Tag: american airlines
The dog, named Hank, was photographed by a fellow passenger, tweeted, and widely retweeted.
“It was huge. I have never in my life seen a dog that fat – it was massive,” said Madeleine Sweet, who took the photo.
The passenger said it appeared that Whitman had bought two first class tickets on the LA flight – one for her and one for Hank.
“Everyone, both while boarding the plane and on the plane before takeoff, was speculating as to how the dog got so fat,” she said. “You could legitimately hear hushed whispers of ‘He’s riding first class.'”
Hank sat in the front row of first class on the flight bound for Denver.
Hank belongs to Kari Whitman, an interior designer who founded Ace of Hearts Dog Rescue in Beverly Hills. He is a service dog who detects her seizures., according to NBC in Los Angeles.
As for Hank’s weight issues, they are the result of an illness, and have left him unable to get around much without the aid of a cart.
It appears that this wasn’t Hank’s first flight, or his first first class one, judging from an Instagram for @hankthetank.
Fellow travelers say Hank sat on the floor and that he stayed quiet for the entire flight.
More than probably can be said for some passengers.
(Photo: Madeleine Sweet, via Twitter)
Posted by John Woestendiek October 29th, 2015 under Muttsblog.
Tags: 165 pounds, airlines, airport, american airlines, animals, detecting, dog, dogs, fat, first class, flight, hank, hank the tank, lax, los angeles, mastiff, overweight, pets, seizure, service dog, travel
A shipper last week checked 14 puppies in Tulsa, Oklahoma, for a flight to Chicago, according to SmartTravel.com. Despite the airline’s policy against carrying pets when outside temperatures are expected to exceed 85 degrees, the puppies were in the cargo hold as temperatures on the tarmac rose to 87 degrees by the time the delayed flight departed.
When the flight arrived in Chicago, the puppies were lethargic and in visible distress. They were taken to a vet’s office, but five died initially and two others died later, according to the Associated Press.
The airline declined to identify the shipper, or the breed of the puppies. Animals traveling as cargo on American must be at least eight weeks old, and the airline doesn’t allow dogs or cats that have been sedated.
An airline spokesperson said cargo holds carrying animals are routinely kept between 50 and 70 degrees.
But experts — and statistics — say we shouldn’t count on that.
The deaths come a month after the U.S. Department of Transportation warned that short-snouted dogs such as pugs and bulldogs accounted for about half of the 122 dogs that died during U.S. flights in the last five years.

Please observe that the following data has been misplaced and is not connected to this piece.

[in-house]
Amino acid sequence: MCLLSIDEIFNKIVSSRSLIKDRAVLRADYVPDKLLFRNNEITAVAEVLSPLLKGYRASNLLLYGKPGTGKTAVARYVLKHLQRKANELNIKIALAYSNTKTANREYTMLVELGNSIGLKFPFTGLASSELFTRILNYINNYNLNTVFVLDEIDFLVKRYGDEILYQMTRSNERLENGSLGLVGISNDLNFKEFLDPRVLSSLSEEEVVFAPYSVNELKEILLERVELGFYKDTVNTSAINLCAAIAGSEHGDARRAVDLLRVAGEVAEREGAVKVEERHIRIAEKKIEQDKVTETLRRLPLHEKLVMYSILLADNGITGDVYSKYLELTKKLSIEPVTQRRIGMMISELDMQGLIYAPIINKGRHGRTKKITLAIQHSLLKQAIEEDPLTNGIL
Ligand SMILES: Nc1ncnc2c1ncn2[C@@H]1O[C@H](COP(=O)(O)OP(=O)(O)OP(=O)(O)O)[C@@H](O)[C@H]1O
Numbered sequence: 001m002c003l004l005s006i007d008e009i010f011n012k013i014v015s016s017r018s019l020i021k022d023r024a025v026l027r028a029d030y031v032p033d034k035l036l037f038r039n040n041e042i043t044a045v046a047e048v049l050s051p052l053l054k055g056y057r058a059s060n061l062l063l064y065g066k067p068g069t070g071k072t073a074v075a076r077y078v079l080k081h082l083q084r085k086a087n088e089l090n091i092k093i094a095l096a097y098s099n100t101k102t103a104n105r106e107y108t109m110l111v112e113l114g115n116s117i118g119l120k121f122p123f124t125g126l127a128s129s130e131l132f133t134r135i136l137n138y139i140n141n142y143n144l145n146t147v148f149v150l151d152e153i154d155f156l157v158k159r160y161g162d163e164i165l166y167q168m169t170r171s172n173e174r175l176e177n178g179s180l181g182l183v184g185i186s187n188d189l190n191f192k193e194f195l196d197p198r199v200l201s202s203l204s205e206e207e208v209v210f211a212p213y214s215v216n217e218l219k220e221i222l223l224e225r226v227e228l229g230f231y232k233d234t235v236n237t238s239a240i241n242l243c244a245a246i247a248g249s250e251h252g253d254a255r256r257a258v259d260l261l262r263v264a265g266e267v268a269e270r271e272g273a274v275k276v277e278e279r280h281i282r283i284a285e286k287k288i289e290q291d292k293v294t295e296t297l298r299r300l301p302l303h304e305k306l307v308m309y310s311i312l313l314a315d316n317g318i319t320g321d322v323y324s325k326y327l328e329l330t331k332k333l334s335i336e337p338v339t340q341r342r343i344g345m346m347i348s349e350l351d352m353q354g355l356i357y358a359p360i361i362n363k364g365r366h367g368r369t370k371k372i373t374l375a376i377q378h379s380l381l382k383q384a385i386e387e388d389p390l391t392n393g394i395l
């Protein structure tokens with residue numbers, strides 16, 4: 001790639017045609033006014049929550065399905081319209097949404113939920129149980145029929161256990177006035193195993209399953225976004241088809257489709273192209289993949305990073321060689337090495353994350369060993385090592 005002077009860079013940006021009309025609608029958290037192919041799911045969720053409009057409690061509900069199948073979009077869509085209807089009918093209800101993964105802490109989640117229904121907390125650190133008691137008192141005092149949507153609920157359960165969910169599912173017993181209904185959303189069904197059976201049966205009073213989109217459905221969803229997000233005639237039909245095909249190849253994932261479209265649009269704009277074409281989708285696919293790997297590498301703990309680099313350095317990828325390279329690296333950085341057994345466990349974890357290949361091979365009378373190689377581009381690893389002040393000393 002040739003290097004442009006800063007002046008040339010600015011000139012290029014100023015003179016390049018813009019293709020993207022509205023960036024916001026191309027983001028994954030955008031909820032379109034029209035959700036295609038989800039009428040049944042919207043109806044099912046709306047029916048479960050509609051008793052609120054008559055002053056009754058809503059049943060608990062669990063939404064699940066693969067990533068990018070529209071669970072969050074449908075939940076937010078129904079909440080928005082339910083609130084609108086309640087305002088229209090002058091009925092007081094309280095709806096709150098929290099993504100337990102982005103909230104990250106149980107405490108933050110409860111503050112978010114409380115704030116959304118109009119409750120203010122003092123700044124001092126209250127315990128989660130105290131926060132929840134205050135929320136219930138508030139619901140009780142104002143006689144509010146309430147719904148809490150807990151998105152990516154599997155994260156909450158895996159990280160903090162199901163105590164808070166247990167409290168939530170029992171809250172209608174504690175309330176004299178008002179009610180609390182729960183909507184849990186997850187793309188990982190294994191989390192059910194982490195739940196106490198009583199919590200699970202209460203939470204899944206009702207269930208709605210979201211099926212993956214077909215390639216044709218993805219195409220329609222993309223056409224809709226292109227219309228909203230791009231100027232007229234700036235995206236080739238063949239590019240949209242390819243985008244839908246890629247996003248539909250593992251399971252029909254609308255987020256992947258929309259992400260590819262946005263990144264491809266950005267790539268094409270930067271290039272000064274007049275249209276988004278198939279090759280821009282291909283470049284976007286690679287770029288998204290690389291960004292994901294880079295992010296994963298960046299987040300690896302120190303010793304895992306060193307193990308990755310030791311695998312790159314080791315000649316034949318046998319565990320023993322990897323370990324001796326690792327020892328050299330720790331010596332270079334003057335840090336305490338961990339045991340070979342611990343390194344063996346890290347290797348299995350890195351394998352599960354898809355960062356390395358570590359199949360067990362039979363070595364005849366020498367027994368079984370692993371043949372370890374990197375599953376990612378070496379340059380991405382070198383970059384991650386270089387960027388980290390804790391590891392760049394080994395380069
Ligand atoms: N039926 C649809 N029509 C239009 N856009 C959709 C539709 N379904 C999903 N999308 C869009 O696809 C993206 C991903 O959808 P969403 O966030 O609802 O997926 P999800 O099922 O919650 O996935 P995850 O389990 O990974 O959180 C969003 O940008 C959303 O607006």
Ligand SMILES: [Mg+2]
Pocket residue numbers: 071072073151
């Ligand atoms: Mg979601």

Add in the tales of dogs getting lost at airports and the best advice is to, whenever possible, avoid shipping a pet as air cargo. There are other alternatives — from using Pet Airways, where pets ride in crates in the cabin, to driving, as Ed Perkins of SmartTravel.com notes in a recent column.
The ASPCA recommends that owners avoid shipping pets in the cargo hold, and offers these tips for those who can’t.
Posted by John Woestendiek August 14th, 2010 under Muttsblog.
Tags: air, air travel, airlines, american, american airlines, animals, cargo, cargo hold, chicago, deaths, died, dogs, fly, flying, heat, pets, puppies, pups, short, snouts, temperatures, transportation, travel, warning
Zak, the San Diego Tribune reports, is back.
The 1-year-old dog, who had been the traveling companion of truck driver Robert Shields for the past year, was returned to San Diego after Shields was killed in a crash in Omaha, Neb., on Sunday.
“It means everything to all of us,” said Shields’ daughter, Jamie Pickett, 25. “It’s the only thing we have left of my father.”
Shields, 59, a longtime Poway resident, had driven trucks for 14 years. His son, Bobby Garrison, 22, said his father traveled with Zak for companionship and to deter thieves at rest stops.
Zak was with Shields in Omaha Sunday when his big-rig drifted on Interstate 80 and hit a bridge support, witnesses told police. Shields, who may have suffered a heart attack while driving, was pronounced dead at the University of Nebraska Medical Center.
When rescuers arrived at the crash, they found Zak, a 20-pound basenji mix, in the truck’s cab, said Pam Wiese, spokeswoman for the Nebraska Humane Society.
Pickett called the humane society Monday morning, trying to find out how to get Zak back. An Omaha TV station did a story on him, Wiese said, and news of the family’s plight quickly spread.
Donations were pouring into the humane society until Michele Henry, Omaha general manager for American Airlines, donated a flight Tuesday morning. Zak suffered only a scratched nose in the crash.
Photo: EARNIE GRAFTON / San Diego Union-Tribune
Posted by John Woestendiek March 7th, 2009 under Muttsblog.
Tags: accident, american airlines, basenji, crash, dog, family, killed, nebraska, nebraska humane society, returned, returns, robert sheilds, san diego, truck driver, zak